“They’re basing their principles on the way Western people think, and thinking we can sit down, and talk out all our differences, and figure this all out,” he said. “The idea that there’s this implacable ideology that will never compromise, never come to terms and be friends with us – they refuse to admit that as a possibility. They think we’re way beyond that stage in the world.”
Spencer found the Saudis, and other Sunni allies of the United States, unsurprisingly “appalled” by the Obama administration’s pivot to Iran – prompting the Saudis, and perhaps Egypt as well, to consider securing their own nuclear weapons as a check against nuclear Iran.
“What was intended to be a stabilizing force for the Middle East is essentially going to set the region even more on fire than it already is,” he predicted.
He said the Obama administration believed “Iran is going to get nukes anyway, and so if we legitimize the process, then they will look upon us more kindly, and return our kindness with kindness of their own.”
“It’s another false premise, based on the idea that everybody’s essentially the same, and that the Iranian mullahs are going to have the same kind of thought processes that Western secular politicians do,” he said.
Since most of the American people hold no such rosy beliefs about Iran’s leadership, Spencer said Obama and his deputy national security adviser, Ben Rhodes, “devised a strategy to lie to the American people, to claim that Rouhani, the president of Iran, was a moderate – which he is most decidedly not – and that they could reason with moderate forces within the Iranian regime, to come to a nuclear accord that would bring peace.”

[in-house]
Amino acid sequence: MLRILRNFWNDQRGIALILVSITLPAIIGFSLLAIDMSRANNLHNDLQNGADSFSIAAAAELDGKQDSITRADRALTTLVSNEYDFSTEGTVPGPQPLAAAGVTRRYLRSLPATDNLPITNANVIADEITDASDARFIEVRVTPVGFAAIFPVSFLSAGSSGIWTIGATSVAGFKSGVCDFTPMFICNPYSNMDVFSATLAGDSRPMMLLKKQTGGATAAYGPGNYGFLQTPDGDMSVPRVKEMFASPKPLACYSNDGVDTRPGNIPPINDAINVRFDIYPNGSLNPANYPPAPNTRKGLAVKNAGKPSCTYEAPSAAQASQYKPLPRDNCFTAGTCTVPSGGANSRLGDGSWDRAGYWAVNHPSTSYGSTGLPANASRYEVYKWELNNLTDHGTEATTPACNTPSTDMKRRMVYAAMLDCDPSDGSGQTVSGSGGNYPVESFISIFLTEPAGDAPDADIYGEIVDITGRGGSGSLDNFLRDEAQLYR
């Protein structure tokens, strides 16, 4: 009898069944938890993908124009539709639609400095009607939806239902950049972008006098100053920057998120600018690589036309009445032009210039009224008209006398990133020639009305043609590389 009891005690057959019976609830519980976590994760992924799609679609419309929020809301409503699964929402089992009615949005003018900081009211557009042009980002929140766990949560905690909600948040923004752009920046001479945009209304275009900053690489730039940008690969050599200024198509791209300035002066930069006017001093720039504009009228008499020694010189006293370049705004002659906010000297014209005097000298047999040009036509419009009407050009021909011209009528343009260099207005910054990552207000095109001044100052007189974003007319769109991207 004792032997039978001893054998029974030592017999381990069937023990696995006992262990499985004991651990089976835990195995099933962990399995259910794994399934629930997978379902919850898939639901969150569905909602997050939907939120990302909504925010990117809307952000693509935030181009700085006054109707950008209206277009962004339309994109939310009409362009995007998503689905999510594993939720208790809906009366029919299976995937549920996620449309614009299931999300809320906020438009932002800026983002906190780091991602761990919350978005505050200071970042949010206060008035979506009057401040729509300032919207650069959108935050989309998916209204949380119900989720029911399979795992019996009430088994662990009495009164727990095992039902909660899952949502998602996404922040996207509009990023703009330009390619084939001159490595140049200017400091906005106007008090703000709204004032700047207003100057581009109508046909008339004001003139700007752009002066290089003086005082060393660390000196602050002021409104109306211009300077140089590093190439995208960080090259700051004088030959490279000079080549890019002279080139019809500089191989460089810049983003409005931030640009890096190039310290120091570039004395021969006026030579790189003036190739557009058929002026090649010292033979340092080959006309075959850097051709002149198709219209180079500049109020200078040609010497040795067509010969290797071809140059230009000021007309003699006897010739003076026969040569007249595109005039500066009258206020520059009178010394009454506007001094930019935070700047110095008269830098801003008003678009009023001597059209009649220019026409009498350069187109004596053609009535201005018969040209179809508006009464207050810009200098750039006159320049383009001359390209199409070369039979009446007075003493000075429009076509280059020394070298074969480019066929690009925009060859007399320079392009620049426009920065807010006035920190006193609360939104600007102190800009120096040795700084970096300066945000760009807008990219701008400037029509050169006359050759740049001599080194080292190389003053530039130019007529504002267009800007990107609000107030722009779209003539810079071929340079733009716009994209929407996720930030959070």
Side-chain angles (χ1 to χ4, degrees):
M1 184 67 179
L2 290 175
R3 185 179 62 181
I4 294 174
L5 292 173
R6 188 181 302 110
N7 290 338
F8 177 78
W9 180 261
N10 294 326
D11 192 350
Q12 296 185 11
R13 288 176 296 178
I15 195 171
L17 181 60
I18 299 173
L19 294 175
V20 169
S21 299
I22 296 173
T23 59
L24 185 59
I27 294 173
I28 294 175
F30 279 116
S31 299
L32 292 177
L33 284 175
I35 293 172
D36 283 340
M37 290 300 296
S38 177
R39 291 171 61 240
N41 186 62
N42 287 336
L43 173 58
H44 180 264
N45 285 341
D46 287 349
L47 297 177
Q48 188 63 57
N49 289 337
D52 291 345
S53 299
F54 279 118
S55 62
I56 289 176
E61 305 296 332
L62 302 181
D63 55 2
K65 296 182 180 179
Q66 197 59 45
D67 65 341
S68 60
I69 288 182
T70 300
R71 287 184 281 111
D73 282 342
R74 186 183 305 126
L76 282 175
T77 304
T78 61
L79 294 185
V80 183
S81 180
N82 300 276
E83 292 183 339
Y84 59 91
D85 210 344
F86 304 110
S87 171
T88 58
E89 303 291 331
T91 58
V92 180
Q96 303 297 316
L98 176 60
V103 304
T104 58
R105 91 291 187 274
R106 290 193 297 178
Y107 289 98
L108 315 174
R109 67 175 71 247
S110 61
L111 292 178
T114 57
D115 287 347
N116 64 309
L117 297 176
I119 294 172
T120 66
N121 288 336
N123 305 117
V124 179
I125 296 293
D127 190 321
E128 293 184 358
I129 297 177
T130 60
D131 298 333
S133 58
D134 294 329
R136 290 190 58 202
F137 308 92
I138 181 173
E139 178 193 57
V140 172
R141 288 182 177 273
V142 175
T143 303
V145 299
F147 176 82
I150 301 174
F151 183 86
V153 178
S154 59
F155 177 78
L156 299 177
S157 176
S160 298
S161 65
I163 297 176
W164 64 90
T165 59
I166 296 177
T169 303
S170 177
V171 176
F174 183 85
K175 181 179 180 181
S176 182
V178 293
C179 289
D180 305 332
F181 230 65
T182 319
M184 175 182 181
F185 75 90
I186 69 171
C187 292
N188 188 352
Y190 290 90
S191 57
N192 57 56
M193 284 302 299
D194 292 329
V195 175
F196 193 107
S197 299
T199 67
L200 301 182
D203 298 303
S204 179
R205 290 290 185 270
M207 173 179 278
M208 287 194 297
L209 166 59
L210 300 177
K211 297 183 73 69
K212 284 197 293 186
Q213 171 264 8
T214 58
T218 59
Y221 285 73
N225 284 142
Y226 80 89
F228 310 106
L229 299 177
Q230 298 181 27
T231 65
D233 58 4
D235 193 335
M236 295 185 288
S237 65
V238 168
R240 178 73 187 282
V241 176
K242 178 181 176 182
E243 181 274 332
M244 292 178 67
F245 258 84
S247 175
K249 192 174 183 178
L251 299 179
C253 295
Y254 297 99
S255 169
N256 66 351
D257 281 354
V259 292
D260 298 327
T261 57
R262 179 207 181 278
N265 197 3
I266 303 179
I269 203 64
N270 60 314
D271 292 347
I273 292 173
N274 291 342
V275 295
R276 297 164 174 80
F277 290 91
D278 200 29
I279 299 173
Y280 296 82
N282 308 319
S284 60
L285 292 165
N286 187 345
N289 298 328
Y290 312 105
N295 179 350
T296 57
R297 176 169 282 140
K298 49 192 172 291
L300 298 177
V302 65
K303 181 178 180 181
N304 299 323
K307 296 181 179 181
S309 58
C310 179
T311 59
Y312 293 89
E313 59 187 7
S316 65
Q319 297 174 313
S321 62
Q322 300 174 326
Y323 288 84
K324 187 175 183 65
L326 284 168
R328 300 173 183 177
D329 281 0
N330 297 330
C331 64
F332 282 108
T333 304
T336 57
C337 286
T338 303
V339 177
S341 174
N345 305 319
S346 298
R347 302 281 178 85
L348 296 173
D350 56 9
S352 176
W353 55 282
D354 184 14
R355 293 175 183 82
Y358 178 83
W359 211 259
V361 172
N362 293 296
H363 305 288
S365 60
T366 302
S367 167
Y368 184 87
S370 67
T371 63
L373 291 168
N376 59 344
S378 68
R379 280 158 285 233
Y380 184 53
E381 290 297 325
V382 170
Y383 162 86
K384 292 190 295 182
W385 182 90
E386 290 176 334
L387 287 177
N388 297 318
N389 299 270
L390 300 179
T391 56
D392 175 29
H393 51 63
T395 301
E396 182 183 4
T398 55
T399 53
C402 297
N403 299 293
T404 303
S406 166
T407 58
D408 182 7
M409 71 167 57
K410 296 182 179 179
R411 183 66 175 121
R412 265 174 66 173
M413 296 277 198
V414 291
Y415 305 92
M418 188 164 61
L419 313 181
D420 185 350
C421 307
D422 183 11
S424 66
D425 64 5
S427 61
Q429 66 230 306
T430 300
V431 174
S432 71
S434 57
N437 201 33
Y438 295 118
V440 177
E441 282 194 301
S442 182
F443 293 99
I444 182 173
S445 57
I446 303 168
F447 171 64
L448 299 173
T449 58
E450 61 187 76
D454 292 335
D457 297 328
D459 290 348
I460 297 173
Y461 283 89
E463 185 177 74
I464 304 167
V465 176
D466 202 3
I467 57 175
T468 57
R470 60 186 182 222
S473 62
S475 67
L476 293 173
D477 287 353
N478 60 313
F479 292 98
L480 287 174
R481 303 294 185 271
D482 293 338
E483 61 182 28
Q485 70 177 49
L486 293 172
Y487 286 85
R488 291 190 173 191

“It was all a lie, and Rhodes admitted it, right in The New York Times, and the adoring reporters didn’t even notice,” Spencer marveled. “They knew that there are reporters who will always do everything they can to make the Obama administration look good, and so they knew they could count on them, and they did.”
He found it baffling that “the Republican Establishment did not challenge Obama on this and let it go through,” speculating that some Republican leaders shared Obama’s delusion that “an olive branch held out to Iran is going to bring peace and stability,” while others are simply frightened of political clashes with the President.
“They’ve been lying down for seven-and-a-half years now, and it’s mystifying,” he said. “People wonder, how is it that Donald Trump has gotten so popular? Well, that’s why: because we don’t really have an opposition in this country right now, and he represents the frustration of the people in that regard.”